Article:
Then, later, Jeanine brought a little goddess book on a chain from Tienda de Carina, to hang above the baby’s crib, and told me that October 29 was a very magical day, part of Annie’s favorite festival, Día de los Muertos, and the ancient feast of Persephone. Annie’d told me all about it, and now Persephone was my favorite story. She gets kidnapped by Hades, the god of the underworld, who rose up in his black chariot from beneath the wildflowers. Hades finally made a deal with Persephone’s mom, Demeter, so Persephone would have to go back and spend half the year with him—and that was how winter got started.

  I don’t think Persephone minded going back that much, the way I recalled it. It was sort of a Beauty and the Beast type of relationship. But having all that magic surround Desiree’s birth was a good thing. Even if some of it was dark magic, Jeanine pointed out, none of it was evil magic, and dark magic can be powerful. I told Jeanine I thought Desi was my little Halloween treat. Jeanine, who has seven brothers and sisters, said the trick would come later on, and don’t you forget it. But Annie just kept chirping around the room like we’d won the big game or something; I loved seeing her so happy. It almost made me forget Dillon, to be honest, until Shelley came back to drop off the birth certificate forms. “You don’t have to fill these out right now,” she said. “Don’t even think about ’em.”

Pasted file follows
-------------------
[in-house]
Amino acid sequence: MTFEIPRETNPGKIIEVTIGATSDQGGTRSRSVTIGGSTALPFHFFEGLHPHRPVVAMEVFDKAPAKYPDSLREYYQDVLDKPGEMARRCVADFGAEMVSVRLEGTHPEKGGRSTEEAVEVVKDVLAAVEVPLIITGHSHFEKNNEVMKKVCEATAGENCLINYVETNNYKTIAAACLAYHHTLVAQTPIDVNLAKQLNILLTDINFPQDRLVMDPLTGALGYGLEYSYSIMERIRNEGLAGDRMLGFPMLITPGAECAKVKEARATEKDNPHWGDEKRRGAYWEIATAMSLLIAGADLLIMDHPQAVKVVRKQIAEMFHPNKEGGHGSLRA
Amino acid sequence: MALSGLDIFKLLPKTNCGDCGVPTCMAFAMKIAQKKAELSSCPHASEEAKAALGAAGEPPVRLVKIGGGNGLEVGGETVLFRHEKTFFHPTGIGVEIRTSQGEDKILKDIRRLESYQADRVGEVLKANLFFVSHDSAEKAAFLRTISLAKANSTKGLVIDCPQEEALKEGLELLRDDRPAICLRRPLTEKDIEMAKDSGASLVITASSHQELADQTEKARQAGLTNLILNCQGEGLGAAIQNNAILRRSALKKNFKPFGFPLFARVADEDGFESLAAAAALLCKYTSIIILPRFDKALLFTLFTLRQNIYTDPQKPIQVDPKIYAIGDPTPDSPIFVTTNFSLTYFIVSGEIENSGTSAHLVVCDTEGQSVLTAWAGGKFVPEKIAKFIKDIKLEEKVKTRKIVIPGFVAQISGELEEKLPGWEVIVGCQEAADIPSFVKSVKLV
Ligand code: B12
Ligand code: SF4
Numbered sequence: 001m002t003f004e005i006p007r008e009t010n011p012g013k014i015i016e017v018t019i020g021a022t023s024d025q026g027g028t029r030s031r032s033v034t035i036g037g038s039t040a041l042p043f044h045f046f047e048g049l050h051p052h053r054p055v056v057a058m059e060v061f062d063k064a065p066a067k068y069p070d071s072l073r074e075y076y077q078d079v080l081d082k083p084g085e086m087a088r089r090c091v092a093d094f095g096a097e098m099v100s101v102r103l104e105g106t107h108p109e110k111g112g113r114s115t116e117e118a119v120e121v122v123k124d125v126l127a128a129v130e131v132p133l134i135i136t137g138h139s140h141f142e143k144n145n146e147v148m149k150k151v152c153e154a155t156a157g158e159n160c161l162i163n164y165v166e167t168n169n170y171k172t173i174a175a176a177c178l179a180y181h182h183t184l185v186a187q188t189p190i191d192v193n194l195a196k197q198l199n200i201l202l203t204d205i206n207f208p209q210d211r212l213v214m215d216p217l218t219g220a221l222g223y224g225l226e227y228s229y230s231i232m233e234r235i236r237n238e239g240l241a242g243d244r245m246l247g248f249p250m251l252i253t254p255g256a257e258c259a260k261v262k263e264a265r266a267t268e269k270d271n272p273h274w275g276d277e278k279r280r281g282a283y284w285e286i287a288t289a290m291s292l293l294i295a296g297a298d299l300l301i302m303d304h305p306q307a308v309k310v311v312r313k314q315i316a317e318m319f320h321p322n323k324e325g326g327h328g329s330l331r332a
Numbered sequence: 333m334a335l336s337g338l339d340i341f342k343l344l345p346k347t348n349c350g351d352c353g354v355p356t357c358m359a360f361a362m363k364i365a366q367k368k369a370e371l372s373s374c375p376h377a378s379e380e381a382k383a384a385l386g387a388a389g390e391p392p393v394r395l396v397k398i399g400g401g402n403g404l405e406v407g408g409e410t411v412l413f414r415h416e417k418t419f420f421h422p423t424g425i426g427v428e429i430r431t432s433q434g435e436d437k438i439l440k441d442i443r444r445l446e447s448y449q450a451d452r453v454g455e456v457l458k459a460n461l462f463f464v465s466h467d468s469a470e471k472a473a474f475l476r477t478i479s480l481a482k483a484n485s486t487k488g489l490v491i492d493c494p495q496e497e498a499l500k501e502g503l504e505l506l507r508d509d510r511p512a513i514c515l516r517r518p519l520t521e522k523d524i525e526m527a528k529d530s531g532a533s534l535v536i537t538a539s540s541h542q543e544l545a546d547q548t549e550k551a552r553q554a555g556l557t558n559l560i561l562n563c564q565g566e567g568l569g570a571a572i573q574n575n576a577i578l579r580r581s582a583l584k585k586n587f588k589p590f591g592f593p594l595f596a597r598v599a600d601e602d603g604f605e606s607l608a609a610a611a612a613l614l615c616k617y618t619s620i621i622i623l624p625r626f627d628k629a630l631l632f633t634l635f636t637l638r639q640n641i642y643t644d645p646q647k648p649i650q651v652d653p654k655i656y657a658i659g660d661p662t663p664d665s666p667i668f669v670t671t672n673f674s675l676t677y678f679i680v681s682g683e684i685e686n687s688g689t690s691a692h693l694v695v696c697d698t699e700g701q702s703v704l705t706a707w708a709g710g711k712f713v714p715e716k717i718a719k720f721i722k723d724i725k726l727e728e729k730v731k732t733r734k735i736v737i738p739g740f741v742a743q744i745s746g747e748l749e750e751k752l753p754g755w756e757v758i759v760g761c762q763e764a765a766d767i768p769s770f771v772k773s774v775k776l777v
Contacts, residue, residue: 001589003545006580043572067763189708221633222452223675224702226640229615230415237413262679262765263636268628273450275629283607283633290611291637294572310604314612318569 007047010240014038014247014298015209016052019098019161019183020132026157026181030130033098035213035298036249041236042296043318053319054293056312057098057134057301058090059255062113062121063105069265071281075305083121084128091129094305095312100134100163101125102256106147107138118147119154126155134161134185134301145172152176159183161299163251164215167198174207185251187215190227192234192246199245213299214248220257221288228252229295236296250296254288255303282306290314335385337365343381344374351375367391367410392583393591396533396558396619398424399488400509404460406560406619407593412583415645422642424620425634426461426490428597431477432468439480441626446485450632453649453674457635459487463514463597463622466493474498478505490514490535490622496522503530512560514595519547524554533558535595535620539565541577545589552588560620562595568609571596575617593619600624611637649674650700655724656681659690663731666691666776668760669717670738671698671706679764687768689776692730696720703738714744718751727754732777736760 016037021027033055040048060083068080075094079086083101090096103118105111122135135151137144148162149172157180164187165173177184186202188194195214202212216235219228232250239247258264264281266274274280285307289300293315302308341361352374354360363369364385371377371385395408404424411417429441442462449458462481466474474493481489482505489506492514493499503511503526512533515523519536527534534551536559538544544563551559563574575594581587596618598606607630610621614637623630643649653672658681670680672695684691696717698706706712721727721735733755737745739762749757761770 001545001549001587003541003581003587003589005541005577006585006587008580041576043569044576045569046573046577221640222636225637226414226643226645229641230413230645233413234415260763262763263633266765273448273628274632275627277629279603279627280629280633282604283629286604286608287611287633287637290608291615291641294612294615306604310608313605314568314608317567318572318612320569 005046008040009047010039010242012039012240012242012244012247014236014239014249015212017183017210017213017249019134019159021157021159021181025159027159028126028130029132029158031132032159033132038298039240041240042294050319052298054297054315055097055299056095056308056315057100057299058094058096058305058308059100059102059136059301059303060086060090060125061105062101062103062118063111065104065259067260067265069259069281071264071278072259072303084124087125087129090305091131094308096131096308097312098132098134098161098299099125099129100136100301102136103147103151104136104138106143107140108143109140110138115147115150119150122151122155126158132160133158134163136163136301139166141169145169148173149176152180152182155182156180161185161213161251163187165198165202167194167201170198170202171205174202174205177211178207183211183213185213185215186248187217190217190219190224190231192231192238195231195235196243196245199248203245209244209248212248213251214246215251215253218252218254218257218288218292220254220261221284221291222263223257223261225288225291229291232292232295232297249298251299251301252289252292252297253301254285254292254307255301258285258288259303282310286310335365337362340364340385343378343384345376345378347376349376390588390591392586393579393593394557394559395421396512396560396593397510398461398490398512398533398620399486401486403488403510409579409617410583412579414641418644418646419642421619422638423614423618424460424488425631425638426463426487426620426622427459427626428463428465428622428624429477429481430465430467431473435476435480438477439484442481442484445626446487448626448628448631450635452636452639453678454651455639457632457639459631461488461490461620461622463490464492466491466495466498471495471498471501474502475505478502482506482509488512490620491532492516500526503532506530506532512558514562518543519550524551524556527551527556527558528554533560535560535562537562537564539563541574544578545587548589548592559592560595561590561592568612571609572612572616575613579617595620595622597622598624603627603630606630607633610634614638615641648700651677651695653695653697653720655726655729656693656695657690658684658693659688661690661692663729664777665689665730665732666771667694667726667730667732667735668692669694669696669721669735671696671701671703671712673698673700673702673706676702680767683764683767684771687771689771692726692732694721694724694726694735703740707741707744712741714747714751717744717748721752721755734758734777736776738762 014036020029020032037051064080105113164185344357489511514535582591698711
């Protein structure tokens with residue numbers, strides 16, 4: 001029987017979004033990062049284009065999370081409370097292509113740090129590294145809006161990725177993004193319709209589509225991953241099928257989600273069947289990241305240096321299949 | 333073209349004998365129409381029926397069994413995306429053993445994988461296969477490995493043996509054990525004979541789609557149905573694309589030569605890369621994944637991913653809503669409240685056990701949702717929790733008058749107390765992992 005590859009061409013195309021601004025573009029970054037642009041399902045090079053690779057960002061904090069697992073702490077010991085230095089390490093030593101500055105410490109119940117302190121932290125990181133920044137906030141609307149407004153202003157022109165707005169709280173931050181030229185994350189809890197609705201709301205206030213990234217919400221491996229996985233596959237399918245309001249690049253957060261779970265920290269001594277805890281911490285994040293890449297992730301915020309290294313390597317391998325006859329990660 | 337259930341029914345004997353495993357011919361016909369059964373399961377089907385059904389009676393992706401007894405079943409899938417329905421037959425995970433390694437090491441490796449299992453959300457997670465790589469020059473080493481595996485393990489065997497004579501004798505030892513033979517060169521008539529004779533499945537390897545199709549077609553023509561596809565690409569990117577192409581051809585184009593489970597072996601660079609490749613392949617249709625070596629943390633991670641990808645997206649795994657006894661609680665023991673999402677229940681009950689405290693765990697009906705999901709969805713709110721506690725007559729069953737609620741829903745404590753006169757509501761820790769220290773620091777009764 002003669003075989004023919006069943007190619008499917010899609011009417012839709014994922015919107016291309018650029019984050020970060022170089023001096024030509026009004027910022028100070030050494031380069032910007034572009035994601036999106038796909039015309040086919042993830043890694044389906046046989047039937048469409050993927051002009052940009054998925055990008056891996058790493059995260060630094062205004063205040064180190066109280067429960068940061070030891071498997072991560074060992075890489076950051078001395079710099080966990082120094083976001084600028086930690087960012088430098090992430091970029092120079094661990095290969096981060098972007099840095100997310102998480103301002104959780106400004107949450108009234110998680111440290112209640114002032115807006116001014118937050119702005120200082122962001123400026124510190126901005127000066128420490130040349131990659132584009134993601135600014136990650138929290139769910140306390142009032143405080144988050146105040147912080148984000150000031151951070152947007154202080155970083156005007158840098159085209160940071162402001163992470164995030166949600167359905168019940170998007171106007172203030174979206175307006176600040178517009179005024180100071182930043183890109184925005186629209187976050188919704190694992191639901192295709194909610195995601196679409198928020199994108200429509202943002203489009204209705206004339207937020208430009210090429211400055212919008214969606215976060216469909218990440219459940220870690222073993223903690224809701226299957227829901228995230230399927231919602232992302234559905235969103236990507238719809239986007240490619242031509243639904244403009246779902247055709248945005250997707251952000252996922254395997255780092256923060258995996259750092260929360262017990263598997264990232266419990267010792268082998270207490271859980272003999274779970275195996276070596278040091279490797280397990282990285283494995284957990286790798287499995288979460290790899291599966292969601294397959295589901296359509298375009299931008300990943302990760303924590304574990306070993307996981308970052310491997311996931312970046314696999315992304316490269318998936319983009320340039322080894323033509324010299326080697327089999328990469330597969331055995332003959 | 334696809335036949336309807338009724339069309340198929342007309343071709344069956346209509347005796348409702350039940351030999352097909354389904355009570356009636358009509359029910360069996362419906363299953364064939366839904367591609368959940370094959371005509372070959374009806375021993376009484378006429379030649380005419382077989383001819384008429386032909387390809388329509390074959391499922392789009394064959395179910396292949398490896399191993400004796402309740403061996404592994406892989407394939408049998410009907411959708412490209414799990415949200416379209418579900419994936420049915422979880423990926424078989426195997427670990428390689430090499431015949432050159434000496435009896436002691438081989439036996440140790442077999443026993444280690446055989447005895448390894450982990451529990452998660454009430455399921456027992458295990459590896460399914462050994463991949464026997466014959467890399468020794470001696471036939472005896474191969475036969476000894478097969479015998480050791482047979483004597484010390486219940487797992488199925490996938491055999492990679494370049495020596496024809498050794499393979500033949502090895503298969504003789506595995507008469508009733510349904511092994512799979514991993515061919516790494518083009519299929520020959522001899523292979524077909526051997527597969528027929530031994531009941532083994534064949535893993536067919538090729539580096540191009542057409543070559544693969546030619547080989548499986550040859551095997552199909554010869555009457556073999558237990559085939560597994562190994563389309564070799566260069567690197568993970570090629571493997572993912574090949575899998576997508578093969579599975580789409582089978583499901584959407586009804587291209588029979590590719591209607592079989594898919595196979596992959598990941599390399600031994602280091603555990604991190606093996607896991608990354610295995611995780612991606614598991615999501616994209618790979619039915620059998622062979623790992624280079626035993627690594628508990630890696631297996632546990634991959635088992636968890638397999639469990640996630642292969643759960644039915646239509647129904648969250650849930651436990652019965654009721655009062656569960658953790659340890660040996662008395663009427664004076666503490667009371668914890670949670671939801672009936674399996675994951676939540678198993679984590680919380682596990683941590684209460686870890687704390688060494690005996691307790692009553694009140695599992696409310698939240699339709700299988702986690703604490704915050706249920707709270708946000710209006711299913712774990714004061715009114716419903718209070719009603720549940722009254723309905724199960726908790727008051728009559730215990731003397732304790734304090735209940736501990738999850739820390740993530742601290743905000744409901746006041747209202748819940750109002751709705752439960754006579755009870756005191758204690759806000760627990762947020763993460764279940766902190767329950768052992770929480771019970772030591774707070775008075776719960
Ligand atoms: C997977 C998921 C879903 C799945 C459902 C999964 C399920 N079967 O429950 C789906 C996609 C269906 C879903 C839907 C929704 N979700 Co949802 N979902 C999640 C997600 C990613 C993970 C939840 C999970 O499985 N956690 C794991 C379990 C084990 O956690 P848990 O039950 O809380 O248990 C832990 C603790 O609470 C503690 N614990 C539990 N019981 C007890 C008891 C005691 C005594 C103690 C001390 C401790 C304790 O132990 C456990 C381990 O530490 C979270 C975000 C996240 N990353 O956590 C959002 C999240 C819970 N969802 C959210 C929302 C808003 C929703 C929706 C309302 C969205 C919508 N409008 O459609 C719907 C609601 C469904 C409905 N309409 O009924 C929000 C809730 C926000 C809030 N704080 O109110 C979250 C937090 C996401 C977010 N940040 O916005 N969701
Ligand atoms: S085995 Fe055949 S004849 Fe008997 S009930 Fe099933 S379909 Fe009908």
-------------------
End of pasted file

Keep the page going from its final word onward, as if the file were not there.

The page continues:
But I said, “No. I’m ready.”

  Quietly, Annie brought me a pen from her purse, and she and Jeanine watched as I wrote out her name: Desiree Anne LeGrande.

  Mother: Arlington Mowbray LeGrande.

  Father: Dillon Thomas LeGrande.

  “That’s for you,” I told Annie, pointing. I didn’t know that Anne was the commonest middle name on earth. “I always wanted a middle name myself. This is almost as good.” She just nodded, with her lips pressed together.

  But Jeanine asked me, “Why did you pick Desiree? Did Dillon like it? Is it a character in a book?”

  “It means something.”

  “Desire? Like, the streetcar named Desire?”

  “Well, no. It means ‘want.’ Like Je désire la plume, would mean ‘I want the pen.’ In French. And with LeGrande, it means ‘wanted very much.’ Which is how I wanted her. I don’t ever want her to think, because of the kind of start she got, that she wasn’t wanted. Right, Annie?” I said.